Saturday, October 26, 2019

What is the main contribution made by the chorus in The Burial at Thebe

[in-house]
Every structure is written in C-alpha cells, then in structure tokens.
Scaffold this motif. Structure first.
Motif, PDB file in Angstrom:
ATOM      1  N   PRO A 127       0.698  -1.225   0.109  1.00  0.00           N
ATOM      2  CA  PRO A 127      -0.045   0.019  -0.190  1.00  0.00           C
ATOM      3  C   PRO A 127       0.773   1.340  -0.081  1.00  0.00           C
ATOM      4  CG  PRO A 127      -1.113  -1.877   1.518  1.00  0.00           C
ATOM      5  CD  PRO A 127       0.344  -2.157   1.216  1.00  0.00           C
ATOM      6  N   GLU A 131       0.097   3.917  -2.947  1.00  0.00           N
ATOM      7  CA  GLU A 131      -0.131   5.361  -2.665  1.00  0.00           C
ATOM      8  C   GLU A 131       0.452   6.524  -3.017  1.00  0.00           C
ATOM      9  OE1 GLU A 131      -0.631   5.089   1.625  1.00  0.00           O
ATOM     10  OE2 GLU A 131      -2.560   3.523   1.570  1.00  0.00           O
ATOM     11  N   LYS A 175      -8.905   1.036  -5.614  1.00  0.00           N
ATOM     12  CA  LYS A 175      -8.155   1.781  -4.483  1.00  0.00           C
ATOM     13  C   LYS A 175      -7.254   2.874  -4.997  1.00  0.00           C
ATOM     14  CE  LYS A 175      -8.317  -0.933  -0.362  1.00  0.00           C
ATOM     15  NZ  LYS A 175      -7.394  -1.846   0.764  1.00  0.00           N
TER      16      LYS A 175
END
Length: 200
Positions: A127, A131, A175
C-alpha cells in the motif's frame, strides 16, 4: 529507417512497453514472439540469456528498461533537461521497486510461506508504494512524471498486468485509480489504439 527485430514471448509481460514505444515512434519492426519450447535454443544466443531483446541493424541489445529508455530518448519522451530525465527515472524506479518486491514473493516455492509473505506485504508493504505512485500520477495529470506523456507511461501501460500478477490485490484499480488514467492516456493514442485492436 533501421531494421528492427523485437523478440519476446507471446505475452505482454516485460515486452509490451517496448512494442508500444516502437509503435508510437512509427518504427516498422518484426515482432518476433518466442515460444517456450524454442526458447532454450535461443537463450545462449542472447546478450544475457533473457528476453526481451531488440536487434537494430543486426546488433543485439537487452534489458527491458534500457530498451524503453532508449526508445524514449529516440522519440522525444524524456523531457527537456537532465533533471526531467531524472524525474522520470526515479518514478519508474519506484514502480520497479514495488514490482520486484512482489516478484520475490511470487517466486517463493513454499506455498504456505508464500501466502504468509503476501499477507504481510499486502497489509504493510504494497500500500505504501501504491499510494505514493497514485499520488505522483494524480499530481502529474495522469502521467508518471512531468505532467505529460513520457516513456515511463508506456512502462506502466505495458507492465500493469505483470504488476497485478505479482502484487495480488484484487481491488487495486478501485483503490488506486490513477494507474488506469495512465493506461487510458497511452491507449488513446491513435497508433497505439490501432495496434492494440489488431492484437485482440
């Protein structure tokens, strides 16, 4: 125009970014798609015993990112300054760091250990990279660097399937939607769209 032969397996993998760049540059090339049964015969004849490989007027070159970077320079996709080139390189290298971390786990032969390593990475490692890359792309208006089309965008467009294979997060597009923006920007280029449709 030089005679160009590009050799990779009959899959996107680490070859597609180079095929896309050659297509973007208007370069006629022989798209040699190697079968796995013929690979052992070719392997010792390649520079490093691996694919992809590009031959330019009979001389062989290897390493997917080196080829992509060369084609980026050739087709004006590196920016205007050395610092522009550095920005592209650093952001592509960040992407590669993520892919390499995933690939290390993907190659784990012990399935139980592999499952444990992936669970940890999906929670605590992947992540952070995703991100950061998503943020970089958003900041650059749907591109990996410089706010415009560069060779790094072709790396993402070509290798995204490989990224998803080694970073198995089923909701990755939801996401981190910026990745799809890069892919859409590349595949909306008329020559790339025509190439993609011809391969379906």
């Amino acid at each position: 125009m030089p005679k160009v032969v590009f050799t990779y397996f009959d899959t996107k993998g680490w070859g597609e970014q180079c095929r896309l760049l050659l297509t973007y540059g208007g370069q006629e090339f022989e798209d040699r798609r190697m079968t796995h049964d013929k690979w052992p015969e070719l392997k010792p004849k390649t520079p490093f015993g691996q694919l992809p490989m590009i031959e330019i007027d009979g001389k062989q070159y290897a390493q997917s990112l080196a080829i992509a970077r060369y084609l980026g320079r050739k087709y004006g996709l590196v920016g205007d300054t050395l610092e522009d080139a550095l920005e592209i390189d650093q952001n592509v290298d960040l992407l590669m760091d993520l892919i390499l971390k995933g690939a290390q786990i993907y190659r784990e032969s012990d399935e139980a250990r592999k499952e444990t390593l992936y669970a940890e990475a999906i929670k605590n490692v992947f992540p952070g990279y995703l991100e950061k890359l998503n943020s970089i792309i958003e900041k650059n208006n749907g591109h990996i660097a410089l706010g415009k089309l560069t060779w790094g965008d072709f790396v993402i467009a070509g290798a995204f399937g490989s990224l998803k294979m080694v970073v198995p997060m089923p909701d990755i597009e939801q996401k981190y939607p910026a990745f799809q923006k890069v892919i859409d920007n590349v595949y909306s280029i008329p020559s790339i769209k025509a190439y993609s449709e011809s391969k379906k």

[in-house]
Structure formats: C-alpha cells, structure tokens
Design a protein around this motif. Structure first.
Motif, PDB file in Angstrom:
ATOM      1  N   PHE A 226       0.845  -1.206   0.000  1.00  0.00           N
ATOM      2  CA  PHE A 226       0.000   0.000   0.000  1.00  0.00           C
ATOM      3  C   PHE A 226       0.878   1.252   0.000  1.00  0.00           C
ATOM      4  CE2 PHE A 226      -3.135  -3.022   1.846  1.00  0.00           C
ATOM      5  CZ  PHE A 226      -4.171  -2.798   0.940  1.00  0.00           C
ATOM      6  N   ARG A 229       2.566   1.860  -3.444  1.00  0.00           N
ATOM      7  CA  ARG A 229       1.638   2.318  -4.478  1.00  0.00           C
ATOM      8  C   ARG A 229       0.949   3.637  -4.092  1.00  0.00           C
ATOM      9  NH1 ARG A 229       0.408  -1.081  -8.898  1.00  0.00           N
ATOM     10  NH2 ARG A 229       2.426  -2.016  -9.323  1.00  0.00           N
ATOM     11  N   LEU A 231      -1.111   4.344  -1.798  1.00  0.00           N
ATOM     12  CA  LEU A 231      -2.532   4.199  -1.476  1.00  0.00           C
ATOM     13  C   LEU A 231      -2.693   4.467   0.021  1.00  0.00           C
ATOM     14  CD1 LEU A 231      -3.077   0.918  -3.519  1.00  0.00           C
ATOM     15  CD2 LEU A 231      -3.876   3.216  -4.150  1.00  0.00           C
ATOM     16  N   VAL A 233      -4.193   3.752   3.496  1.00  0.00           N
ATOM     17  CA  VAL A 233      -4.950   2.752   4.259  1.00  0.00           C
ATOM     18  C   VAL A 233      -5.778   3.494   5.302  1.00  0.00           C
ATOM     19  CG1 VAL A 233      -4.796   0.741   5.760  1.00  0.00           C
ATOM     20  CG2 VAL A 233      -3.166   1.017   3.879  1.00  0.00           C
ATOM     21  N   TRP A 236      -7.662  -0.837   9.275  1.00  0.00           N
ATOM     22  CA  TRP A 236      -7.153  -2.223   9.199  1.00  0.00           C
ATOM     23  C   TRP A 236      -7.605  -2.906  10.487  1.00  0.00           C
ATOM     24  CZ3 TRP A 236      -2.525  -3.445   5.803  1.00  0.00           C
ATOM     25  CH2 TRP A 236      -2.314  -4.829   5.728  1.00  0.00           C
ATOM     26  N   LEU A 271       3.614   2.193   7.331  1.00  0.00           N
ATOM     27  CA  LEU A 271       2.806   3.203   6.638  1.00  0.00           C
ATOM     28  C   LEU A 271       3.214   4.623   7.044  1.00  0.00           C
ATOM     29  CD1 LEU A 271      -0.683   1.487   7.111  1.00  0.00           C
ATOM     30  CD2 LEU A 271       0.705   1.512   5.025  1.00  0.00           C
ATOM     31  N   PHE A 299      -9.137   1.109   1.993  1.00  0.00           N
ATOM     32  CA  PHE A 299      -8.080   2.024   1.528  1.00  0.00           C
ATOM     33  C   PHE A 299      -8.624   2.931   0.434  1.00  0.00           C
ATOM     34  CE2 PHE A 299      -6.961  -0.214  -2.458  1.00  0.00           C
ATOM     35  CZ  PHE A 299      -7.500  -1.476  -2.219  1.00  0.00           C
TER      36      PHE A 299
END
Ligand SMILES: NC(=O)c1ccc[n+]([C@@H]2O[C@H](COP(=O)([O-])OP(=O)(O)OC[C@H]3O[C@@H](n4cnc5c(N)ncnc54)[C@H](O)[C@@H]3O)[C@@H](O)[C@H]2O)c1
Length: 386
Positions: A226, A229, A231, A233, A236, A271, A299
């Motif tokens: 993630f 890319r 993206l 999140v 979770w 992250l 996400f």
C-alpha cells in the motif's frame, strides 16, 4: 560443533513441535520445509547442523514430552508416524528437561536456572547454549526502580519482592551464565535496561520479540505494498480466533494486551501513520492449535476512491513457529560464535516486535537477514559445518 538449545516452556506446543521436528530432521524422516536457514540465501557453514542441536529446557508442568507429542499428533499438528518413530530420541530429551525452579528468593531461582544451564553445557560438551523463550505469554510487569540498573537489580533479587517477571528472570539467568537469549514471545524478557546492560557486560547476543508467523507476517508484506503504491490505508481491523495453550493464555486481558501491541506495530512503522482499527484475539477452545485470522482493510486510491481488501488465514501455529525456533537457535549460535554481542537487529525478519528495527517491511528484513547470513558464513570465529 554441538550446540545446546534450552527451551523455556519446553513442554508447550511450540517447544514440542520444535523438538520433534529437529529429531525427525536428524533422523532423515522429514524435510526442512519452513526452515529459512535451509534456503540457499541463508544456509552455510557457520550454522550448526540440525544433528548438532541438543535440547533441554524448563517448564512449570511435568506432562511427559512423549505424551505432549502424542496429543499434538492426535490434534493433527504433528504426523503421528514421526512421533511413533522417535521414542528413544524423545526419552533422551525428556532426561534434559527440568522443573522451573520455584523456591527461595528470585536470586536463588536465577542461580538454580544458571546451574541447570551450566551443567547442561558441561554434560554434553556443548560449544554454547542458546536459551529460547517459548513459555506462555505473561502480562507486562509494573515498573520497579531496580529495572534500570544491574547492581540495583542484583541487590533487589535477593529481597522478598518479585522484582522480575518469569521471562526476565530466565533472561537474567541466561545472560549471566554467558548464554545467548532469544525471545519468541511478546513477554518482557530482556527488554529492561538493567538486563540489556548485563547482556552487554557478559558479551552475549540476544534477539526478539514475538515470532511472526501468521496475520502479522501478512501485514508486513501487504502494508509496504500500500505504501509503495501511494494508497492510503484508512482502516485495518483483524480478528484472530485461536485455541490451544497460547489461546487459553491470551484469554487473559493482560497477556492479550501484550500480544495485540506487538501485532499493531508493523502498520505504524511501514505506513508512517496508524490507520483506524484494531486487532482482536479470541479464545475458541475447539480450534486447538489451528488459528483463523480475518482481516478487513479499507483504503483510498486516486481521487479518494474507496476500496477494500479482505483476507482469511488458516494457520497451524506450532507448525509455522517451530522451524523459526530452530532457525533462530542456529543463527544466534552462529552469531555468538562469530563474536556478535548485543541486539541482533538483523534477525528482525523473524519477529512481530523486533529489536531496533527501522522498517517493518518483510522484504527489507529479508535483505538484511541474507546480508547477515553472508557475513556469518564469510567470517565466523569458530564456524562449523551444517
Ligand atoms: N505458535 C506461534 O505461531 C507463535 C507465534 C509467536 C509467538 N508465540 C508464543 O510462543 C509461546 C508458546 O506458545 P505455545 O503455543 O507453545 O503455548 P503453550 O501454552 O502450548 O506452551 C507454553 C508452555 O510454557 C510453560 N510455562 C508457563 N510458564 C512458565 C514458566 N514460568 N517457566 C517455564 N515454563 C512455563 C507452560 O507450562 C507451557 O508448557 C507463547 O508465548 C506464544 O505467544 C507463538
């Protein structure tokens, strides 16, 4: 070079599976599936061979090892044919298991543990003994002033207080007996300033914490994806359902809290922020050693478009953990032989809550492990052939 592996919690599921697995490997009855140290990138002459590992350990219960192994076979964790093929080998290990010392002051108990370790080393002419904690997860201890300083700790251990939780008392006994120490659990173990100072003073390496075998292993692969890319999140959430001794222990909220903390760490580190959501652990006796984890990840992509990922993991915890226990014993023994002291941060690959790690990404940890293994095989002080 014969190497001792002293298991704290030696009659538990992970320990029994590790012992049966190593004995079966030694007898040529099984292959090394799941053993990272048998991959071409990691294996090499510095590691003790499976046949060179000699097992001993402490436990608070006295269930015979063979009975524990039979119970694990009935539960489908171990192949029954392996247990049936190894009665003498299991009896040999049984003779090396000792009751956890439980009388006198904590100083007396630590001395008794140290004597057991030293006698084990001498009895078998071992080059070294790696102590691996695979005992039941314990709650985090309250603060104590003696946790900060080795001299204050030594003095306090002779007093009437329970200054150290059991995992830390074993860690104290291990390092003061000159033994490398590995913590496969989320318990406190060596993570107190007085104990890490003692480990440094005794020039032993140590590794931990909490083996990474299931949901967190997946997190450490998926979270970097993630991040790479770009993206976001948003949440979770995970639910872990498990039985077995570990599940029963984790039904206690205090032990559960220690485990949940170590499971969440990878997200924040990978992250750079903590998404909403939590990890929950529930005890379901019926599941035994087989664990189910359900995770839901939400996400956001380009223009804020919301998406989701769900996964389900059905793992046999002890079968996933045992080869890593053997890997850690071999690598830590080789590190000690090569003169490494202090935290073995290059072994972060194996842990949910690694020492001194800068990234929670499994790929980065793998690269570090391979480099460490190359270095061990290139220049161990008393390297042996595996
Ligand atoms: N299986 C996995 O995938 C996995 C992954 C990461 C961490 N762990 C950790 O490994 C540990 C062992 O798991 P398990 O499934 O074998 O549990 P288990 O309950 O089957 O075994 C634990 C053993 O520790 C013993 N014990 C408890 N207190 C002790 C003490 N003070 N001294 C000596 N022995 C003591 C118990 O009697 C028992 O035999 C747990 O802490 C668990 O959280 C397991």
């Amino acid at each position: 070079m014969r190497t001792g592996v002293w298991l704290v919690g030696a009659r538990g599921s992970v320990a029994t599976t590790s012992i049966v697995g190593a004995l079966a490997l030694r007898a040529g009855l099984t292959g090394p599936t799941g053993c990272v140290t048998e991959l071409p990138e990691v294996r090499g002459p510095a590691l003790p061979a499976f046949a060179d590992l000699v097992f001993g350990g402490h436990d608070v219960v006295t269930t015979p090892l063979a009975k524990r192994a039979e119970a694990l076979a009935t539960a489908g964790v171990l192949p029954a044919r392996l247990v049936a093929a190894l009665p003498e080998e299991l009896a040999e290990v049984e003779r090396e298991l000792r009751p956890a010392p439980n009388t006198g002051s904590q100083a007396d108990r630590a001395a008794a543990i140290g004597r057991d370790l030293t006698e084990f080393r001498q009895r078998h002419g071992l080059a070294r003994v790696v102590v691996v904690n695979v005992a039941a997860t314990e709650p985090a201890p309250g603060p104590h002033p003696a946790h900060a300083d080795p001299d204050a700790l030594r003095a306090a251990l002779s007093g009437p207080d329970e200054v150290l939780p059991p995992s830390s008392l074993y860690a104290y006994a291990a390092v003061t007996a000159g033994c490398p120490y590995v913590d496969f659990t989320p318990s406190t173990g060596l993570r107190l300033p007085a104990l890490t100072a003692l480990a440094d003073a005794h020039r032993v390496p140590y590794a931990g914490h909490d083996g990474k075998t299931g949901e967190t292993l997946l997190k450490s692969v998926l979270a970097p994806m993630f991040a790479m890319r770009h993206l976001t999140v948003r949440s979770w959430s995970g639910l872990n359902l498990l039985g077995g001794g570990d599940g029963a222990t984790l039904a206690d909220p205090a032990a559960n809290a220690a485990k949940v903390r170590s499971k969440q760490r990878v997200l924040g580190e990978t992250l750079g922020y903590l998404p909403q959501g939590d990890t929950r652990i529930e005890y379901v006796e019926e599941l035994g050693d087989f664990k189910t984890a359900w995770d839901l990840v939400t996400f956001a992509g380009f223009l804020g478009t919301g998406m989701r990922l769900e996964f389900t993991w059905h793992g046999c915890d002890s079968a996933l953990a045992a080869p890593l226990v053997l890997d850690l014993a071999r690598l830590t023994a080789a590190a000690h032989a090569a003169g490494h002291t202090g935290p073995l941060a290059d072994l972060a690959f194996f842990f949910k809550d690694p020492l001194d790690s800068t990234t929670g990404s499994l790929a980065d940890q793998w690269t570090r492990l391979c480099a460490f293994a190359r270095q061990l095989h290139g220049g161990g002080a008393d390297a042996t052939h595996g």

Heaney’s play The Burial at Thebes is a version of the Greek tragedy Antigone by the Athenian dramatist Sophocles (c496-406 BCE). According to Heaney it is not a translation but a version as he was â€Å"looking for meaning not language† (Heaney, 2009, CDA5937, The Burial at Thebes - Interviews). This is in keeping with the commissioning of the play to celebrate 100 years of the Abbey theatre in 2004 as the founders, W.B Yeats and Lady Gregory, were Irish â€Å"cultural nationalists† (Hardwick, 2008, p193) . The change in title from the traditional Antigone to The Burial at Thebes moves the emphasis away from the characters to the â€Å"controversial question of the burial of a prince, who was regarded as a turncoat† (Theocharis, 2009, CDA5937, The Burial at Thebes - Interviews) enabling Heaney to intertwine the tradition Greek ideology with Irish nationalism. The chorus in Greek tragedy is defined as a group of people who often participate in and comment on the dramatic action, emphasising traditional moral and social attitudes and providing commentary (Moohan, 2008). In Greek theatre they also provided a more practical role, entertaining the audience during the play with songs and dance and allowing the performers to change. Most performers performed two or more roles known as doubling. In The Burial at Thebes the director, John Theocharis (2009), states that the chorus also adds dramatic tension and suspense whilst creating subjective and objective voices that underpin the context of the play. In looking at the contribution that the chorus makes this essay will look at the various functions of the chorus - their role as a commentator, participating in and commenting on the dramatic action and how they present traditional moral and soci... ...ture of the play, mainly based on the Greek, outlines these values in poetical format in the Choral Odes. The chorus’ commentary on the characters and drama and its subsequent participation pushes the plot towards traditional ideas with the encapsulation in their ending summation. Works Cited Hardwick, L. (2008), ‘Seamus Heaney’s The Burial at Thebes’, in Brown, R (ed.), Cultural Encounters (AA100 Book3), Milton Keynes, The Open University, pp.192-235 Heaney, S. (2004), The Burial at Thebes, London, Faber and Faber Ltd Heaney, S. (2009), CDA5937 The Burial at Thebes – Interviews (AA100 Audio CD), Milton Keynes, The Open University Moohan, E (2008), ‘Glossary’, in Moohan E (ed.), Reputations (AA100 Book1), The Open University, pp.231-238 Theocharis, J (2009), CDA5937 The Burial at Thebes – Interviews (AA100 Audio CD), Milton Keynes, The Open University

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